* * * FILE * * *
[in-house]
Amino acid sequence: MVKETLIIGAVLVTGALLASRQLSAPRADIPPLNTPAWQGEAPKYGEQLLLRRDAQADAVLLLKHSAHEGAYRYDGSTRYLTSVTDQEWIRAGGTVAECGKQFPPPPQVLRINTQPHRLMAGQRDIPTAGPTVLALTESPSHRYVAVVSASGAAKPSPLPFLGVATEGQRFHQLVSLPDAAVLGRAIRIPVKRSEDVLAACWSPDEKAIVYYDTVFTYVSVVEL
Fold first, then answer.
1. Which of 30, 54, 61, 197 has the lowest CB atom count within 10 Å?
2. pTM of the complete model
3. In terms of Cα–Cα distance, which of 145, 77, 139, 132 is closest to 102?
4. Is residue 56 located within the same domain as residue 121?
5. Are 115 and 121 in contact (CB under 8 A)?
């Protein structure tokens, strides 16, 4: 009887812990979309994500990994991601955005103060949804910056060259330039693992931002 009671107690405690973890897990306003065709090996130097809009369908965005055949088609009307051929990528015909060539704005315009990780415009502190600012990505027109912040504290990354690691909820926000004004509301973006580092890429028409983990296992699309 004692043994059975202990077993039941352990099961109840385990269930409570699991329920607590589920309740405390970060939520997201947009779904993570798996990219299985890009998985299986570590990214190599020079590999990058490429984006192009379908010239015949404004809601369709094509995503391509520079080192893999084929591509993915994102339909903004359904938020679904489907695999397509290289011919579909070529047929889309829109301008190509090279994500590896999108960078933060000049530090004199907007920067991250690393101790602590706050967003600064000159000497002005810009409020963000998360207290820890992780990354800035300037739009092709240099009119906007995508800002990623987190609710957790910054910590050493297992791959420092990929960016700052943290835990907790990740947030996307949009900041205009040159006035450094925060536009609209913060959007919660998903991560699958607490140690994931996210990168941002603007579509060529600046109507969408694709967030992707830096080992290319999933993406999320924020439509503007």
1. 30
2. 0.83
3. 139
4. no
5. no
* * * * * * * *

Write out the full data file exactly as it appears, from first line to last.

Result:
[in-house]
Amino acid sequence: MVKETLIIGAVLVTGALLASRQLSAPRADIPPLNTPAWQGEAPKYGEQLLLRRDAQADAVLLLKHSAHEGAYRYDGSTRYLTSVTDQEWIRAGGTVAECGKQFPPPPQVLRINTQPHRLMAGQRDIPTAGPTVLALTESPSHRYVAVVSASGAAKPSPLPFLGVATEGQRFHQLVSLPDAAVLGRAIRIPVKRSEDVLAACWSPDEKAIVYYDTVFTYVSVVEL
Fold first, then answer.
1. Which of 30, 54, 61, 197 has the lowest CB atom count within 10 Å?
2. pTM of the complete model
3. In terms of Cα–Cα distance, which of 145, 77, 139, 132 is closest to 102?
4. Is residue 56 located within the same domain as residue 121?
5. Are 115 and 121 in contact (CB under 8 A)?
């Protein structure tokens, strides 16, 4: 009887812990979309994500990994991601955005103060949804910056060259330039693992931002 009671107690405690973890897990306003065709090996130097809009369908965005055949088609009307051929990528015909060539704005315009990780415009502190600012990505027109912040504290990354690691909820926000004004509301973006580092890429028409983990296992699309 004692043994059975202990077993039941352990099961109840385990269930409570699991329920607590589920309740405390970060939520997201947009779904993570798996990219299985890009998985299986570590990214190599020079590999990058490429984006192009379908010239015949404004809601369709094509995503391509520079080192893999084929591509993915994102339909903004359904938020679904489907695999397509290289011919579909070529047929889309829109301008190509090279994500590896999108960078933060000049530090004199907007920067991250690393101790602590706050967003600064000159000497002005810009409020963000998360207290820890992780990354800035300037739009092709240099009119906007995508800002990623987190609710957790910054910590050493297992791959420092990929960016700052943290835990907790990740947030996307949009900041205009040159006035450094925060536009609209913060959007919660998903991560699958607490140690994931996210990168941002603007579509060529600046109507969408694709967030992707830096080992290319999933993406999320924020439509503007």
1. 30
2. 0.83
3. 139
4. no
5. no